Our Story

Our Story

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The Slacks Creek Junior Cricket Club, established by Mr. Keith Brough in 1969, has a rich history and has come a long way since its inception. The club's journey began with its inaugural match on March 16, 1969, facing off against Woodridge on a turf wicket at Woodridge. In an exciting start, Slacks Creek emerged victorious, winning the match by 57 runs.

The club's early years saw it register two teams, one for players under 13 and another for under 16, in the Logan and Albert Junior Cricket Competition for the 1970-71 Season. Home games for the under 13 team were hosted at Slacks Creek State School, with a unique arrangement that allowed access in exchange for the club president's commitment to cover any potential property damage. Meanwhile, the under 16 team played their home games wherever they could secure a turf wicket, taking on opponents like Redlands, Eastern Suburbs, Waterford, Beenleigh, and Beaudesert. During this season, Keith Brough took on the roles of President, Secretary, and Treasurer.

The club's commitment and growth were evident, as Mrs. E.T. Law became the secretary at the 1971-72 annual general meeting. Mr. Keith Brough continued his presidency until 1977 and remained actively involved in club meetings until as late as 1980, when he was honored with a life membership in recognition of his outstanding service to the club and the sport.

The club maintained its format and competition structure until September 1973 when Zone 3 was formed. Slacks Creek entered two teams (under 12 and under 13) in the 1973-74 Zone 3 competition, which grew to three teams in the 1974-75 season. Later, the number was streamlined to two teams (under 12 and under 14) in the 1975-76 season.

In those early years, the club operated on a tight budget, with registration fees of $2 per player and a $10 cost for nominating a team in the Zone 3 competition. However, in the 1976-77 season, registration fees were raised to $3 per player, with match fees set at 50 cents per player per day.

Significant developments took place in the 1977-78 season, with the council's commencement of work on the usher park sporting complex. The club financed the laying of a concrete pitch and the top-dressing of the ground. This season also saw the club expand to four teams (under 12, under 13, under 14, and under 16), with membership fees increased to $5 per player and the adoption of the club constitution on August 9th, 1977.

In 1978-79, the club gained the use of the Loganholme State School oval, enabling further expansion to six teams, including an under 12, two under 13 teams, under 14, under 15, and under 17. The growth was supported by active fundraising and prudent financial management. In the following season, the club scaled back to five teams (under 11, under 12, under 13, under 14, and under 16).

The club's membership continued to swell, reaching ten teams for the 1980-81 season. For the first time, the club fielded an under 10 team, along with two under 11 teams, under 12, two under 13 teams, under 14, under 15, under 16, and under 17. Membership fees were increased to $8 per player. In February 1981, Kuraby Cricket Club was formed with former Slacks Creek President and Secretary Des Tate as its Secretary, impacting Slacks Creek's numbers for the 1981-82 season, reducing them to six teams: under 10, under 11, under 12, under 13, under 14, and under 16 and the loss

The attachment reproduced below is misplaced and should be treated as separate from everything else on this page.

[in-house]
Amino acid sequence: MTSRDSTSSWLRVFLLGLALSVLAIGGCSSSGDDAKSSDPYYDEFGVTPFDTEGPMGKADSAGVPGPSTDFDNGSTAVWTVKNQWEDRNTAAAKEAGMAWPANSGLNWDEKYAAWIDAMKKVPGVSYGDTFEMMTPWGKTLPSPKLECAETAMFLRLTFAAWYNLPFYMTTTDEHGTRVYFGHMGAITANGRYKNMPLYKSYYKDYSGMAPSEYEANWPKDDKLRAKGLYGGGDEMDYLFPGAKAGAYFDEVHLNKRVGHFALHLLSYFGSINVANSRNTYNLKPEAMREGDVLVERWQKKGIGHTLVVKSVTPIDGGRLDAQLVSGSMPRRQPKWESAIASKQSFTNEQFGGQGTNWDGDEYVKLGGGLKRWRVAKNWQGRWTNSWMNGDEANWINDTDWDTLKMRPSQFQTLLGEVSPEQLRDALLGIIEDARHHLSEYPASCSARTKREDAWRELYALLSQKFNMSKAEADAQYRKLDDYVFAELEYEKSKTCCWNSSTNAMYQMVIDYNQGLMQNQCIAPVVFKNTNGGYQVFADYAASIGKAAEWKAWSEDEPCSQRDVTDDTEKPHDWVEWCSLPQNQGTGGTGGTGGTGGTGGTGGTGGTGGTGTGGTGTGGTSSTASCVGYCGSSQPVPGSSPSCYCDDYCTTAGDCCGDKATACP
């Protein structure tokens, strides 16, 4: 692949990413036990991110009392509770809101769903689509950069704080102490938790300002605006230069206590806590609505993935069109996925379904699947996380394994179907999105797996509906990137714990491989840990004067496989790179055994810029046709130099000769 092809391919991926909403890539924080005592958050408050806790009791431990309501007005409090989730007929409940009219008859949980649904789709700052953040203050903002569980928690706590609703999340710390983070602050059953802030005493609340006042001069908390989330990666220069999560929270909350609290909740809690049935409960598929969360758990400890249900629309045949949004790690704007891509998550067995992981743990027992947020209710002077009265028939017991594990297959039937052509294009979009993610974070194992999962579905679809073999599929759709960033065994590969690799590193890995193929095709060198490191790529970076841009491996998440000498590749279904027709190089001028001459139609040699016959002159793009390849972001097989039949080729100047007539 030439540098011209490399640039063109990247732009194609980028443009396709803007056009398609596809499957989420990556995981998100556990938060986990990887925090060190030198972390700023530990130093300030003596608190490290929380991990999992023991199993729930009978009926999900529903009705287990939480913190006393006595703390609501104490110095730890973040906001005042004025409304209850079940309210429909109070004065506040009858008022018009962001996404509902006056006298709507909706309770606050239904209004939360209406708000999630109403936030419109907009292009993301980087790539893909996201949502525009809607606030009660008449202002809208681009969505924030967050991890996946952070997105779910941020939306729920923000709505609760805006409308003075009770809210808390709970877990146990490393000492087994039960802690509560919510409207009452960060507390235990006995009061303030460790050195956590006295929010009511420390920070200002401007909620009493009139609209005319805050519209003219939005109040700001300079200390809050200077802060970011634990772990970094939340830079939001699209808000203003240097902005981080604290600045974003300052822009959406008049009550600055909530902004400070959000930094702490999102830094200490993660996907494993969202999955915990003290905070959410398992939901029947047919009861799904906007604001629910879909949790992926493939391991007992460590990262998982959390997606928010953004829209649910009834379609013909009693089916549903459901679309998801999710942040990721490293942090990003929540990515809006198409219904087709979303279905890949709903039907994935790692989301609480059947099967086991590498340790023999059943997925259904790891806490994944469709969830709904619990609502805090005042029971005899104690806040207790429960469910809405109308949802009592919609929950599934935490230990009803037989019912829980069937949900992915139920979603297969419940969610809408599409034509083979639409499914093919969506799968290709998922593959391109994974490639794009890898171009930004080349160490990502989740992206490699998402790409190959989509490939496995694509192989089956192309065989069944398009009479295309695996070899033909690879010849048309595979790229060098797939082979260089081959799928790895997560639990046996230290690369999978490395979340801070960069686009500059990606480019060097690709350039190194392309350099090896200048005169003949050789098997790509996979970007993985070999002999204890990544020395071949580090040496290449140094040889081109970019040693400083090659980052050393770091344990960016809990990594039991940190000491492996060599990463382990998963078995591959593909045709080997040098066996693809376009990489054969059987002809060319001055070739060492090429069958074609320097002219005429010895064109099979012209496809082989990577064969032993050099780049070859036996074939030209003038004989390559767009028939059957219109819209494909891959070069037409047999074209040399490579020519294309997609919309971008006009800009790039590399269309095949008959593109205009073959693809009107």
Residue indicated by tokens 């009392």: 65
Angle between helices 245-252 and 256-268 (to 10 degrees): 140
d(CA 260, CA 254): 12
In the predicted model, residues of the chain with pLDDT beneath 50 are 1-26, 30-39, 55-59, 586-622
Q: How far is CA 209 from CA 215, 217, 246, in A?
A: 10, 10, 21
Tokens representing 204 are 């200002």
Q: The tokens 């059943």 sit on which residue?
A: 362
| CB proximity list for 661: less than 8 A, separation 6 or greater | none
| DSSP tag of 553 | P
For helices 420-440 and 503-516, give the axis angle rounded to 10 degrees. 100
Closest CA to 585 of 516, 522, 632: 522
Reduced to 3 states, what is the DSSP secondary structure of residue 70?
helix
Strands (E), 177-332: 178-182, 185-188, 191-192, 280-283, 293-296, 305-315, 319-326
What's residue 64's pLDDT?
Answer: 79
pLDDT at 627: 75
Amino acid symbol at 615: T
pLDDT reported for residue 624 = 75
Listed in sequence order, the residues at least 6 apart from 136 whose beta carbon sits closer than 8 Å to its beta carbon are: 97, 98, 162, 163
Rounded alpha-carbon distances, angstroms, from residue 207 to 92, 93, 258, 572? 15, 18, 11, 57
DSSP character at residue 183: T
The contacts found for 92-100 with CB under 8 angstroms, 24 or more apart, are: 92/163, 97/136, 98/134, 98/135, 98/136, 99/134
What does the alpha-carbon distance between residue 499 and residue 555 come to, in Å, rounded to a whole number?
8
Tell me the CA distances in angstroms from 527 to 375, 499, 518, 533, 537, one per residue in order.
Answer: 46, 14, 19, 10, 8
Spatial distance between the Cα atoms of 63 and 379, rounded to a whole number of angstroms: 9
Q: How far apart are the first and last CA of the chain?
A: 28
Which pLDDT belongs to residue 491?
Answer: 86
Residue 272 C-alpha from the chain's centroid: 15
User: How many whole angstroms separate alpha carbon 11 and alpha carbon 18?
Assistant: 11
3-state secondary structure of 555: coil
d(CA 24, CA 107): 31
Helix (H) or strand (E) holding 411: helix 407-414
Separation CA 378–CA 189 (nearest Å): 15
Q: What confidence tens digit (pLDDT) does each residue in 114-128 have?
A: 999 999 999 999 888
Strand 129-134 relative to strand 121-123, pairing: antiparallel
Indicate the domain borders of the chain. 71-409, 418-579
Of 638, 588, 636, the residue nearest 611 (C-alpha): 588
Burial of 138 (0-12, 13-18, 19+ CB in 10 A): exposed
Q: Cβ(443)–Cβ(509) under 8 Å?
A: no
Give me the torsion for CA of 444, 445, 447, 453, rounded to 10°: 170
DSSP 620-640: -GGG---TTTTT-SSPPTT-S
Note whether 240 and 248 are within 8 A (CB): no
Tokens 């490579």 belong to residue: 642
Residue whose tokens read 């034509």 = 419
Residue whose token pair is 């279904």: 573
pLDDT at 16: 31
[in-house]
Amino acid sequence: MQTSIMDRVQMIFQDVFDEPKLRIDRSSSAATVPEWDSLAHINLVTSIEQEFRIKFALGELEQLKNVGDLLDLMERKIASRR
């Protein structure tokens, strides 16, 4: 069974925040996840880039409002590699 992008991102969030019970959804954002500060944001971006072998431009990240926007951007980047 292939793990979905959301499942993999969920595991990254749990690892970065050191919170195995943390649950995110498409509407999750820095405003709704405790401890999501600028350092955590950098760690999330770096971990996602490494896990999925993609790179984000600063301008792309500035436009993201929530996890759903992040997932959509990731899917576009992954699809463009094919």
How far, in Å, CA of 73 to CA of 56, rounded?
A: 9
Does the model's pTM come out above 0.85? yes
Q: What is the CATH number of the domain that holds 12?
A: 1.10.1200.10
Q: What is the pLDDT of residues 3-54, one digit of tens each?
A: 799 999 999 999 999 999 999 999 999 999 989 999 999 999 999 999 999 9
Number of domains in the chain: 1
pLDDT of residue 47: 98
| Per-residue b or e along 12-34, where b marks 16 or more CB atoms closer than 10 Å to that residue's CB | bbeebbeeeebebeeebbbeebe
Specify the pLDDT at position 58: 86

Over the years, the club's size fluctuated, but the commitment remained steadfast. By 1983-84, the club had six teams, and discussions began about merging with Springwood Invitation 11 (Senior Teams) and developing Homestead Park with two cricket ovals and two rugby union fields.

The 1985/86 season marked a significant turning point, with twelve junior teams merging with seniors and the construction of "the Bunker," affectionately known as the clubhouse.

In 1996, the club changed its name to Springwood Suns Cricket Club Inc. and merged the junior and senior committees, embarking on a journey to rebuild the club's finances.

In 2014, the club made strategic moves to secure more playing fields and facilities, including Oliver's Sports Complex in Eagleby. With community and council support, the club continued to thrive.

Over the years, the club achieved recognition and accolades. In 2017, the club was named Logan City Council Sports Organization of the Year, while individuals like Marion Young and Gary Young received recognition for their contributions.

In 2019, the club obtained a grant to upgrade field lighting, facilitating night-time cricket and promoting girls and ladies' cricket. With 12 junior teams, 5 senior teams, and 60 junior and master blaster players, the club continued to flourish.

Today, the Springwood Suns Cricket Club stands as a testament to the enduring spirit and passion of its founders and members, showcasing the remarkable journey from its humble beginnings to a thriving community cricket organization.

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